Boffin

          Challenging Average speed tickets

          "BTW, on the topic of road section cameras, I'm in half a mind to start challenging speeding tickets based on average speed cameras as I have no average speed meter in my car, and I am thus simply not in the position to directly assess my compliance..."

          Good luck with that. Ask a school kid to explain the maths to you...

          1. Anonymous Coward
            Anonymous Coward

            Re: Challenging Average speed tickets

            To spell it out: if you do not exceed the speed limit at any time then it is not possible for your average speed to be greater than the speed limit.

            Maybe you should look up what 'average' means.

            1. Anonymous Coward
              Anonymous Coward

              Re: Challenging Average speed tickets

              Maybe you should look up what 'average' means

              Yes - it actually seems to imply that such metering includes permission to EXCEED the imposed limit as long as the the average is correct. The idea is actually not as weird as it seems, I do recall coming across something that doesn't allow *interpreted* information, but I agree it will probably an uphill battle with a very low chance of success.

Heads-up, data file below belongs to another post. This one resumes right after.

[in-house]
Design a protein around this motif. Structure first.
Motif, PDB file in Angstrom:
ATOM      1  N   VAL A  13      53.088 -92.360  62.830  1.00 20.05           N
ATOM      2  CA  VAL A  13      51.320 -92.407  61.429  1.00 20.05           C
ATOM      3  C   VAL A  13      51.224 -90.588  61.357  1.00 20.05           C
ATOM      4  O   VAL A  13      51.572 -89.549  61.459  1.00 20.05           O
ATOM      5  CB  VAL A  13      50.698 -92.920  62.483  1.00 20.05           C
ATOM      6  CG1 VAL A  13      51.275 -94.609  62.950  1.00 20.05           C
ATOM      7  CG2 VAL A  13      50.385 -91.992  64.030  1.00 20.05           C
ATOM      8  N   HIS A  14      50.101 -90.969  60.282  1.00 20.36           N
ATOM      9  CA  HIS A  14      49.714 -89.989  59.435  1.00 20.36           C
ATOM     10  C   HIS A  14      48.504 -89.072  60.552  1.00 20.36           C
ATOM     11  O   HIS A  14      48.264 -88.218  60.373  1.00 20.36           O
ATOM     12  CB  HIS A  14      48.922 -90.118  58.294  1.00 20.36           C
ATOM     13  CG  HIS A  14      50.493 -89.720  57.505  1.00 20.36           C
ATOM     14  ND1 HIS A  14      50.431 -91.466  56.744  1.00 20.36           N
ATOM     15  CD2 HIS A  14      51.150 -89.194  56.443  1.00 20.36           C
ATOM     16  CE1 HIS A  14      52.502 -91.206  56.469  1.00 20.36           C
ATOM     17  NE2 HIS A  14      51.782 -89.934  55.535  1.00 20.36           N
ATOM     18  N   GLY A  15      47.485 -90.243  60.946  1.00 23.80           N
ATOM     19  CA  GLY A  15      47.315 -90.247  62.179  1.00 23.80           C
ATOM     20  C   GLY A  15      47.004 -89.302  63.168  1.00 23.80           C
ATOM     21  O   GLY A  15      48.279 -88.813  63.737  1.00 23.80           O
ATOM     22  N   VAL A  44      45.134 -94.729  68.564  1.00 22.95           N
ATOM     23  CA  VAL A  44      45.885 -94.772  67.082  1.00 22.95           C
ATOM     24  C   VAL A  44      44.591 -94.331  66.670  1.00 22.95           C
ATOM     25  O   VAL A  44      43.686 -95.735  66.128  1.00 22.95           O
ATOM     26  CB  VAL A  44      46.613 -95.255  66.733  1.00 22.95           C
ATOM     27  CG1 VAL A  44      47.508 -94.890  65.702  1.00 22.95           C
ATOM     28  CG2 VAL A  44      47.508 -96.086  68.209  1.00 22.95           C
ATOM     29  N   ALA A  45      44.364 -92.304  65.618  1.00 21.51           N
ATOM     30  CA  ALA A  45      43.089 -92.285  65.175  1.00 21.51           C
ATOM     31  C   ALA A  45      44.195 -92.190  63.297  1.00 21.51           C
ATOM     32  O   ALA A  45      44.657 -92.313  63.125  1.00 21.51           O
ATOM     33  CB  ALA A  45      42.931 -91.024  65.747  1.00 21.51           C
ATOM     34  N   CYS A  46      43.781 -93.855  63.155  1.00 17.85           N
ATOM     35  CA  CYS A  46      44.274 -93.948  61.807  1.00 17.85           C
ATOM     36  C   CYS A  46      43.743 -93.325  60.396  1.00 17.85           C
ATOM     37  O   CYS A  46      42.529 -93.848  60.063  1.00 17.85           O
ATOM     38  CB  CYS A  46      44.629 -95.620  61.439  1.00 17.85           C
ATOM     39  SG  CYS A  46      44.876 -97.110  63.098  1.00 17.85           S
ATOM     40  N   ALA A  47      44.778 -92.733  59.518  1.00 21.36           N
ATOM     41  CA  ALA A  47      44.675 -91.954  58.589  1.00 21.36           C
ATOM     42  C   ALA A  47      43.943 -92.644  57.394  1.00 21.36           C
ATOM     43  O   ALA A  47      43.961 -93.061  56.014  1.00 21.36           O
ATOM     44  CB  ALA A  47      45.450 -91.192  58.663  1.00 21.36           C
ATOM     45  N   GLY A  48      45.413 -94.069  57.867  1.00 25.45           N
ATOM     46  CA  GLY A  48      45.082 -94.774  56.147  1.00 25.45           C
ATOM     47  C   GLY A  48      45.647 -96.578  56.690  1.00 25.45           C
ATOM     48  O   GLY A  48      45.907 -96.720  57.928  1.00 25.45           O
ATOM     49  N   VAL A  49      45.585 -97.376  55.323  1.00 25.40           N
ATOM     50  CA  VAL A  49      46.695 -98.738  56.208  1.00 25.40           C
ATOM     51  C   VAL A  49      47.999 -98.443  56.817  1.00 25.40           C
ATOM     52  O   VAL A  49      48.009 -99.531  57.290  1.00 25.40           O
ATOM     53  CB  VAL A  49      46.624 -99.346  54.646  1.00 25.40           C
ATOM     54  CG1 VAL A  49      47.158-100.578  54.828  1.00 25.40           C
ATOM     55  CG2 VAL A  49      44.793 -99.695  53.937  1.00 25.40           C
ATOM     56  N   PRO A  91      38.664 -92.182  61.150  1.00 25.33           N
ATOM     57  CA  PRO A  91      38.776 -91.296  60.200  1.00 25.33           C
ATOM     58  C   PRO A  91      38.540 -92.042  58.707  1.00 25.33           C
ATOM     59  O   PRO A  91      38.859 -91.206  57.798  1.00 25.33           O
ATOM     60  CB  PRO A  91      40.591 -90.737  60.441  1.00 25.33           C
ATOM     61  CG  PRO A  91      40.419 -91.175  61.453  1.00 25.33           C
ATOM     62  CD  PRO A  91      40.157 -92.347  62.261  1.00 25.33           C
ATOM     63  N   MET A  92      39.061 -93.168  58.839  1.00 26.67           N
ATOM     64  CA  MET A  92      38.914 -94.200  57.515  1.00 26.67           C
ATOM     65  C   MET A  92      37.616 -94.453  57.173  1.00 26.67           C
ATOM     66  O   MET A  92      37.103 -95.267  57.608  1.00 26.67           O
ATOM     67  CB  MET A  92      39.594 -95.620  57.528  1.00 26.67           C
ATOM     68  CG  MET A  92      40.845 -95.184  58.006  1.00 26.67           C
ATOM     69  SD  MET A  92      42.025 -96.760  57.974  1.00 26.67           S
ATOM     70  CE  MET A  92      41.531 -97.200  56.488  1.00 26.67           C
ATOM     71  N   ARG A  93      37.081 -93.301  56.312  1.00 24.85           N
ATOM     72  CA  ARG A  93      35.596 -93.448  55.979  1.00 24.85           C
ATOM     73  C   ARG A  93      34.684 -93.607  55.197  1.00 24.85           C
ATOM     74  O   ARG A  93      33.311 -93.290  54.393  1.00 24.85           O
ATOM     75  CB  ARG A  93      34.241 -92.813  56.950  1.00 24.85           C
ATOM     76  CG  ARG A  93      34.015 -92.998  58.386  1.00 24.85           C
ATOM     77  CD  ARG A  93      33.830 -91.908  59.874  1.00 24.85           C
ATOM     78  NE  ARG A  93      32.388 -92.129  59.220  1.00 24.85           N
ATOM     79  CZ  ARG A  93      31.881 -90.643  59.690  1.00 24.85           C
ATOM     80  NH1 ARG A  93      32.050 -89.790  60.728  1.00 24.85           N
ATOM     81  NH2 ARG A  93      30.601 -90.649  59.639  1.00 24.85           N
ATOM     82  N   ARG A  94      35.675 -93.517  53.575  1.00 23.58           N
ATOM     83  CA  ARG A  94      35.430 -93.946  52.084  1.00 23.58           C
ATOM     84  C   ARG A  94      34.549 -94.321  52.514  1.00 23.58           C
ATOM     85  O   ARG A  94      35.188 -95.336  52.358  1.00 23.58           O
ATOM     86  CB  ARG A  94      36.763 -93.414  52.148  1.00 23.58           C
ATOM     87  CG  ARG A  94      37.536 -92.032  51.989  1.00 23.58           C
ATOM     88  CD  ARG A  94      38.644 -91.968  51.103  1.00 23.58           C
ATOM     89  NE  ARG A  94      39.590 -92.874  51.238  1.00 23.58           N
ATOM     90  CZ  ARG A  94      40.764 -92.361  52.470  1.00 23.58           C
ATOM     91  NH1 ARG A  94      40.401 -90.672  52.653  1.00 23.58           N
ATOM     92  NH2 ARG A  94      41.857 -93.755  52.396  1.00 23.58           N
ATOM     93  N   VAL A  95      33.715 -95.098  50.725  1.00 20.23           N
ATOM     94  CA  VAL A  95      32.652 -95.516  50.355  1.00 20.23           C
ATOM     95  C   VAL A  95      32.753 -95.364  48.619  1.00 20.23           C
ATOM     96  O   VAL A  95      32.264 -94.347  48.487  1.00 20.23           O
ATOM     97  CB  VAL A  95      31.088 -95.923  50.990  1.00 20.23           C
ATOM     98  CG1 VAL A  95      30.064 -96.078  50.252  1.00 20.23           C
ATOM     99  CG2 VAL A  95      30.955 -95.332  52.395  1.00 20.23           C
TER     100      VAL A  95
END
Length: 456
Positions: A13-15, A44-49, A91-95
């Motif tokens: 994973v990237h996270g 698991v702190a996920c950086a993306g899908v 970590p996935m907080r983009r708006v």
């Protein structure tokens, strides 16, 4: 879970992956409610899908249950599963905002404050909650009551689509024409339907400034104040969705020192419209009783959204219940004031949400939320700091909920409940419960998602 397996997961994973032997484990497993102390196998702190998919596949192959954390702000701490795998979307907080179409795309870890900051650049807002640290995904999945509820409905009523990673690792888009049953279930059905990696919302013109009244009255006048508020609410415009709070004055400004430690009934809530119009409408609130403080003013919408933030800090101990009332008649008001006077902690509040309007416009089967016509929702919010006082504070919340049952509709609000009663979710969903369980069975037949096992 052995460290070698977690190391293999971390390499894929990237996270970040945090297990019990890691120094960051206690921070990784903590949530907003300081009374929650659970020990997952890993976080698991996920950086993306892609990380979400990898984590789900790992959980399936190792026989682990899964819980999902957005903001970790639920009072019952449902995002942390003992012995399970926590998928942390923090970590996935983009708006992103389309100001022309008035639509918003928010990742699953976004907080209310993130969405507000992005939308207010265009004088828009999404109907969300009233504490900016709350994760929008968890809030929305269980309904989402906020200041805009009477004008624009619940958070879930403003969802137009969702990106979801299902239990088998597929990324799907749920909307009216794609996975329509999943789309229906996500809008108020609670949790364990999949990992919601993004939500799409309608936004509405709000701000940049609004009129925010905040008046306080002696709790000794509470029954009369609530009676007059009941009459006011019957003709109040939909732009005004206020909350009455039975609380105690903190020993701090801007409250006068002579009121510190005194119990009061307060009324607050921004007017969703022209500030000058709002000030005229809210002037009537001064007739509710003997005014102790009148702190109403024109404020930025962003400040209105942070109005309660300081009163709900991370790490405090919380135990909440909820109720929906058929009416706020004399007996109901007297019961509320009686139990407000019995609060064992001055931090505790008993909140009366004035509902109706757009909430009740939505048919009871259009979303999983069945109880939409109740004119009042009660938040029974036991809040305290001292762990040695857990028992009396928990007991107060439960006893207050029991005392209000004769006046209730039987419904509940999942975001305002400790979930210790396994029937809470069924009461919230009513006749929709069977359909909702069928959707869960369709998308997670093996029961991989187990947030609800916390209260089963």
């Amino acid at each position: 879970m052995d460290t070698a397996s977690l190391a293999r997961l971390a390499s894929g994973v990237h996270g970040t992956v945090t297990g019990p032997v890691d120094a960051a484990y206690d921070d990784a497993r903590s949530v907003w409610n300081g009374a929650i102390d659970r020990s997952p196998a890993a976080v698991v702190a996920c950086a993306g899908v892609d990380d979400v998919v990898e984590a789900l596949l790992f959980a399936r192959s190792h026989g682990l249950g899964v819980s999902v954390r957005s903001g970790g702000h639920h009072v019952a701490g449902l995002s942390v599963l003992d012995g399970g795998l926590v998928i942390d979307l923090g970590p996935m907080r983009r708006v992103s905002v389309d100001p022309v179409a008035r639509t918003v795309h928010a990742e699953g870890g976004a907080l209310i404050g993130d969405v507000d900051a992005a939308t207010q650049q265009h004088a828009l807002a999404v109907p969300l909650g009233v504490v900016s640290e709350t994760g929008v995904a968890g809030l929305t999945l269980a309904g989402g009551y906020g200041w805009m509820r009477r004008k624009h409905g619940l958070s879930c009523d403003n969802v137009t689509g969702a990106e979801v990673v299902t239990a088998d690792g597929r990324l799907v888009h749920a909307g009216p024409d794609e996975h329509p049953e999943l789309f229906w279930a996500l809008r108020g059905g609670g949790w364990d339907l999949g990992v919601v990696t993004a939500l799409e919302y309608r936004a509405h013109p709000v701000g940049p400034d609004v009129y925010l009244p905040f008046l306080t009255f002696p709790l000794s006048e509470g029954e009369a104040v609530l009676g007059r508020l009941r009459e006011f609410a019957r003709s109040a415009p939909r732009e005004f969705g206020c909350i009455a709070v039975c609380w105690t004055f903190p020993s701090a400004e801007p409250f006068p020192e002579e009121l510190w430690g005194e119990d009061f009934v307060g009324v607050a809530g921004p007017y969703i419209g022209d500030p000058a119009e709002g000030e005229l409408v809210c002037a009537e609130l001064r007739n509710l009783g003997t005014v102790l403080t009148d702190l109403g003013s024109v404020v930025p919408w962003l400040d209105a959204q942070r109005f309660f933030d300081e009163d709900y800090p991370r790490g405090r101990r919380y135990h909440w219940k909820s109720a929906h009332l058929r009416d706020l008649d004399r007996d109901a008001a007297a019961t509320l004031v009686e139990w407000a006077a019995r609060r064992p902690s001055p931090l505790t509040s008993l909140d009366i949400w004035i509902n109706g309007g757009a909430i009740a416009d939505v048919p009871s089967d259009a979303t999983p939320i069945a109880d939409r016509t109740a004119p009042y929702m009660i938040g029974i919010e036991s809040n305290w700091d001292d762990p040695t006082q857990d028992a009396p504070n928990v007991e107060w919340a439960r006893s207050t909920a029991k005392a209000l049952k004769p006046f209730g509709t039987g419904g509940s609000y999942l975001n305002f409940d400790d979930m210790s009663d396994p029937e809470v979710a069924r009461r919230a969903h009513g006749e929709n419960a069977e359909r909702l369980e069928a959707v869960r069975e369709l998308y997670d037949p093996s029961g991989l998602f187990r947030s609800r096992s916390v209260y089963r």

2. Anonymous Coward
        Anonymous Coward

        Strangely enough, I think APNR should be used against road tax & insurance dodgers...

        While sending a letter out or automatic fines are bad ideas, using the cameras to pop an alert to the local traffic officer to pull them over is a valid use, since the road tax & insurance dodgers are the ones putting the rest of us at risk on the roads!

        But keep the records for 6 months only, I can't see how any longer storage is needed... and yes other than the above mentioned offences it should only be used for serious crimes!

        1. Kiwi Silver badge

          since the road tax & insurance dodgers are the ones putting the rest of us at risk on the roads!

          I always thought it was people driving like idiots that put the rest of us at risk, not those who fail to pay the relevant taxes?